You’ve mentioned in the past that you get a lot of your material from your dreams. Can you give us an example from this album?
“Avalanche” was one of the first songs that I wrote. It was during a time when I was having these really strong visions of what the music looked like but I didn’t know what it was going to sound like. I had some dreams and I started journaling them. There was one where I was in a … actually … they’re stupid. I don’t want to tell you about them. [Laughs.] You know when someone is like, “Let me tell you about my dream,” and it’s this non-sequitur, convoluted story that won’t make any sense to anyone but you? [Laughs.] But for me they were very, very vivid and a song like “Avalanche” really invoked those things I had in my head, in my dreams. I mean, there’s definitely specific dreams and they were very bizarre and surreal and felt larger than anything. Explaining them reduces them because you can’t really expand. It’s like, “There was this guy and then we went to this place and this kid I knew in second grade told me something crazy.” [Laughs.]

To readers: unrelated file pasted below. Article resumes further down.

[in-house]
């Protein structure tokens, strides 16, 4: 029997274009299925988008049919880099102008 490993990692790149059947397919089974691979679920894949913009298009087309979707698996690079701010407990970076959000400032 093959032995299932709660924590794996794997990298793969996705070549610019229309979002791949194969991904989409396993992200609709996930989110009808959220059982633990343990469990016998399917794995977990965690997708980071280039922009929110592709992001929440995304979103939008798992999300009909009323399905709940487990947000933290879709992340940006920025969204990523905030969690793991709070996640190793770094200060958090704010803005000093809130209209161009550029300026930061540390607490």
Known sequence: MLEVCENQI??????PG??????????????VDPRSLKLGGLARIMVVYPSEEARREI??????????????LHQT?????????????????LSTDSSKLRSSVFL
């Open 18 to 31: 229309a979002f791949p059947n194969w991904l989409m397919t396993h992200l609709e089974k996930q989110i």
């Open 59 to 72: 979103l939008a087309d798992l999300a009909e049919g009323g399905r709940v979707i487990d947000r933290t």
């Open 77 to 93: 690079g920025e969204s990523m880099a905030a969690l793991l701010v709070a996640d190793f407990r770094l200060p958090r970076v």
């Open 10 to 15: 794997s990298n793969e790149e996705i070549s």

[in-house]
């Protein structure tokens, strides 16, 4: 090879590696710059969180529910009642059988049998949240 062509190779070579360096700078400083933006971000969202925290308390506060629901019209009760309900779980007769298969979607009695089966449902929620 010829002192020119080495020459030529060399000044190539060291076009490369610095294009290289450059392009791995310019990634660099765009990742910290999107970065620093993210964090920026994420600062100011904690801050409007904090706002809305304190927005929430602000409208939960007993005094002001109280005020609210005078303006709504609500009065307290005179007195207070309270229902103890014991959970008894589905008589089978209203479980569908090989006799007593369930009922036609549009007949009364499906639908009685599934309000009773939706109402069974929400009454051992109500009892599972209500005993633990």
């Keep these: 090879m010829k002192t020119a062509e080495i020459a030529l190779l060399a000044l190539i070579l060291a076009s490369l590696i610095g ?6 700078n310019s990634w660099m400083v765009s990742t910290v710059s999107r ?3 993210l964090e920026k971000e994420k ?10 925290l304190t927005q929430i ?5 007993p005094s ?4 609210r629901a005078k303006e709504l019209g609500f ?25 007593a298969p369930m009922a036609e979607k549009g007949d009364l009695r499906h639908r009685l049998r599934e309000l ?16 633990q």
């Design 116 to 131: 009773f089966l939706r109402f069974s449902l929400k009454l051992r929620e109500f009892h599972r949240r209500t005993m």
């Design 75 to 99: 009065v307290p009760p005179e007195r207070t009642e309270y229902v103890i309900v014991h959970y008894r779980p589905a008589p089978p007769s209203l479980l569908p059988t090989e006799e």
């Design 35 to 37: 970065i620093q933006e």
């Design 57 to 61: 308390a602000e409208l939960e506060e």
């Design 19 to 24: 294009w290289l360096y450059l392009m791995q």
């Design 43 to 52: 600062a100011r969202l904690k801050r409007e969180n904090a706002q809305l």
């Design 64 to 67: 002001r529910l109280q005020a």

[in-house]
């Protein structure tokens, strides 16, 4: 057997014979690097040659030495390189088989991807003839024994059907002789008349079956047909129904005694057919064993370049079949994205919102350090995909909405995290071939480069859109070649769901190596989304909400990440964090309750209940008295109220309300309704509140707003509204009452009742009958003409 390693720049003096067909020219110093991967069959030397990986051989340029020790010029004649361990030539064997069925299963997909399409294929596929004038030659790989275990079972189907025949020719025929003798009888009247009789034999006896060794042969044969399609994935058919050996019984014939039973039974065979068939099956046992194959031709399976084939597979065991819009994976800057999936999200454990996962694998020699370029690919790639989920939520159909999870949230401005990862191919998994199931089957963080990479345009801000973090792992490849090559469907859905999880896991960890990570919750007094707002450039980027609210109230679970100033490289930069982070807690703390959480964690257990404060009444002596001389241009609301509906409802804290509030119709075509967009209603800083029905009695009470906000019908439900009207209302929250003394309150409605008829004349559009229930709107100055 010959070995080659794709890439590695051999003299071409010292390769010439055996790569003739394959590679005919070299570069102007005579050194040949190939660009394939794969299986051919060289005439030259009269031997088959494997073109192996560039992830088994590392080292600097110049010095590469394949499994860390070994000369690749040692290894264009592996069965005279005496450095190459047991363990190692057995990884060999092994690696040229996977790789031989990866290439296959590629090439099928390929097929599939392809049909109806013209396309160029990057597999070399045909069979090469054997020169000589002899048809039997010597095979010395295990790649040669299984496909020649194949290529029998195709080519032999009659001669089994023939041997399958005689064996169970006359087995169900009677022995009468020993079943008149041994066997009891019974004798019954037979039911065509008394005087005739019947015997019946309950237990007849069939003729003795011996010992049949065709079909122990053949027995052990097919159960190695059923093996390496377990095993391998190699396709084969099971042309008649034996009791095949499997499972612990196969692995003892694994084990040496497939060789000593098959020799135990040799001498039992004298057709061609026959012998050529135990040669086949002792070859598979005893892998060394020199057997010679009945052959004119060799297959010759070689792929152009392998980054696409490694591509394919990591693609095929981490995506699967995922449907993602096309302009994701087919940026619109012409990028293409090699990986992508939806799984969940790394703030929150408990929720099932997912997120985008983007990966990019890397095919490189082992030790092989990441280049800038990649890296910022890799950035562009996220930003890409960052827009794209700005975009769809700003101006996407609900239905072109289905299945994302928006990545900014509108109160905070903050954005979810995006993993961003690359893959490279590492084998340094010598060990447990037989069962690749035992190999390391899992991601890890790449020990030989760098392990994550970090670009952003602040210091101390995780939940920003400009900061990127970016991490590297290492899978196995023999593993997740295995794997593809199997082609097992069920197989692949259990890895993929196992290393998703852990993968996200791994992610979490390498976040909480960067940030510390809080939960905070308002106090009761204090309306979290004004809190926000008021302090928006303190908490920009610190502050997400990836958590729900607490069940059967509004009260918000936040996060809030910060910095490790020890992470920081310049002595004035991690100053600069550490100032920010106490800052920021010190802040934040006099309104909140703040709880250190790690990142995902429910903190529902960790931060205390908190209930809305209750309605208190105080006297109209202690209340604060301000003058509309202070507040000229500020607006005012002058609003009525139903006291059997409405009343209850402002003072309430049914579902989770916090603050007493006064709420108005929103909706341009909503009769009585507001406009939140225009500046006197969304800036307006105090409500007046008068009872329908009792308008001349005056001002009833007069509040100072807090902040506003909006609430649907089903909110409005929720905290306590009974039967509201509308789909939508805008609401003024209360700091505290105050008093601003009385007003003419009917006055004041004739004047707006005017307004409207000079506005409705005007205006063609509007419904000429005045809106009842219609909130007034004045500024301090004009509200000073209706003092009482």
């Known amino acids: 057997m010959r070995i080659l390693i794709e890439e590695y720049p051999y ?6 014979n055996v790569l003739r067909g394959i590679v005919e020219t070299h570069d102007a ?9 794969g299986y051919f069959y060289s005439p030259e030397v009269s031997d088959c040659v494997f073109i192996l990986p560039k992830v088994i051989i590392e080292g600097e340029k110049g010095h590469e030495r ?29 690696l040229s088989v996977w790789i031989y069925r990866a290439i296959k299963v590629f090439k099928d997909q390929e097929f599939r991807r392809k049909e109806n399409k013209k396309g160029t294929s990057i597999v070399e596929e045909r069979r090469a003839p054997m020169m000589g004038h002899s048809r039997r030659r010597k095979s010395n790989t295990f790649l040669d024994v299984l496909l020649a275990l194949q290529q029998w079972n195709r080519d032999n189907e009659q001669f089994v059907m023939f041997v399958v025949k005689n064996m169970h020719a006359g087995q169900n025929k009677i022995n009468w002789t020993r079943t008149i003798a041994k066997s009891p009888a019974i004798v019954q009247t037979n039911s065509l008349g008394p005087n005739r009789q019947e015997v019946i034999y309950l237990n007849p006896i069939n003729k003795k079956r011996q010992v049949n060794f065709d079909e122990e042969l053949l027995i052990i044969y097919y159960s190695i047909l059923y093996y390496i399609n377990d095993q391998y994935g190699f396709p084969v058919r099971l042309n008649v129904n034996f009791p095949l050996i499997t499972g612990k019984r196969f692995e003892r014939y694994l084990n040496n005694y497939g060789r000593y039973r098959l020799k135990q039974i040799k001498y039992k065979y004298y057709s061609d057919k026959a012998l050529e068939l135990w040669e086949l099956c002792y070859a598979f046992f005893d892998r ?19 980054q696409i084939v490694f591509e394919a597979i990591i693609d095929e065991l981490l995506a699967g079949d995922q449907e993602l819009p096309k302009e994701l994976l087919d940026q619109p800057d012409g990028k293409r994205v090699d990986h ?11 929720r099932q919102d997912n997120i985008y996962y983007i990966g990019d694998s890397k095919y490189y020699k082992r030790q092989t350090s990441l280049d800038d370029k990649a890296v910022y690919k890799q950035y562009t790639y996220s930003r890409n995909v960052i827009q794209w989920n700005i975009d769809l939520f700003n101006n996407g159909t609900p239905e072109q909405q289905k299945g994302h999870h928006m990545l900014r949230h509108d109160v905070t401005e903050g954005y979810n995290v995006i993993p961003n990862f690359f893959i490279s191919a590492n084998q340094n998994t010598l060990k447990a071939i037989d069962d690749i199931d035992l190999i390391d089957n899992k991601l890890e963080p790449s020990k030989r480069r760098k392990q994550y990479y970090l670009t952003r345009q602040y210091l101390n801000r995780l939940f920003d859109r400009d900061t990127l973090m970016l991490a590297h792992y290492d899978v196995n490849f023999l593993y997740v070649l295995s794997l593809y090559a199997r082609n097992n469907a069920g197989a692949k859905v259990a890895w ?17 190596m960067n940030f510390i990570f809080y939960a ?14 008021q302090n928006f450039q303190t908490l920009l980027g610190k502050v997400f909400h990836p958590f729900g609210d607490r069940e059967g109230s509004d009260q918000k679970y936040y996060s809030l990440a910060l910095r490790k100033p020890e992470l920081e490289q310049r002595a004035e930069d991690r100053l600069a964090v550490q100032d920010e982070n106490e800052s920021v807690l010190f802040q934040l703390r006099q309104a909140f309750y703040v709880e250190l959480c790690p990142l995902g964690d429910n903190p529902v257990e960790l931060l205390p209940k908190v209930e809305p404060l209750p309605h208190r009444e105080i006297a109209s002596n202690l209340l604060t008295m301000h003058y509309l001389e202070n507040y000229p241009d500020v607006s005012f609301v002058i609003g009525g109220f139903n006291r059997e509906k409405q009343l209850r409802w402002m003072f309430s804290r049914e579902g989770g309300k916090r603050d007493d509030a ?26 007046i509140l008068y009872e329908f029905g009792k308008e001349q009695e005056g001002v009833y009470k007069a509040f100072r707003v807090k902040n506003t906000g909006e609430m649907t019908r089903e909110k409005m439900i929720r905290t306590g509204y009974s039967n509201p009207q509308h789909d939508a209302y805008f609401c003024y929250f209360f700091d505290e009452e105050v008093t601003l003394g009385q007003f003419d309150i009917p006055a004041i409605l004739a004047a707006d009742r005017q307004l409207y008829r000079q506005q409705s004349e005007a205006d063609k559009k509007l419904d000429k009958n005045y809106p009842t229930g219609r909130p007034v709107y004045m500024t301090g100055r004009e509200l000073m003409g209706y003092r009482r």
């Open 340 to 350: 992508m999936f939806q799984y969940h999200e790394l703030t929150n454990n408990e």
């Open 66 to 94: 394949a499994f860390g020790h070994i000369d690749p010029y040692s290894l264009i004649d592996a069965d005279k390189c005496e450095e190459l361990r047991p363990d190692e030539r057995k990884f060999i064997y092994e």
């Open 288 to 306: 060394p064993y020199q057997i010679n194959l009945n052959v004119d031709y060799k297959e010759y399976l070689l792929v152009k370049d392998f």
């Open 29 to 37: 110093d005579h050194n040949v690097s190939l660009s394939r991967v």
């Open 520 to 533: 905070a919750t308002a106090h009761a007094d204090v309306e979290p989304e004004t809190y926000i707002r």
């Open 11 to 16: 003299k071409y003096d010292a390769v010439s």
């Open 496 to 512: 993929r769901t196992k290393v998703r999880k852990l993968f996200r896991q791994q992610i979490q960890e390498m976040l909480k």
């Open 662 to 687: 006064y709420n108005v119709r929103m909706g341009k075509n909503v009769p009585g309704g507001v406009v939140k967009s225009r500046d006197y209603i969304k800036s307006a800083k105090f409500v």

And then there’s “Seekir,” which is this kind of upbeat, goth-pop track. If you were to make a dance playlist with “Seekir” on it, what else would be on there?
Hmm, I don’t know. I guess Gloria Gaynor’s “I Will Survive.”
That song, to me, I just feel like it’s the biggest, obvious Gloria Gaynor “I will overcome” song. [Laughs.] You know, like, “I’m a human being! I will make it through!” type jam.
I wouldn’t have expected it.
I think that’s a common misconception about me, just because I am interested in things that are unsettling or uncomfortable. Like I said, there’s a duality. Humans are dynamic and I’m incredibly dynamic! [Laughs.] And I’m not going to pretend I’m not. What’s the point in that?
Conatus is out now via Sacred Bones.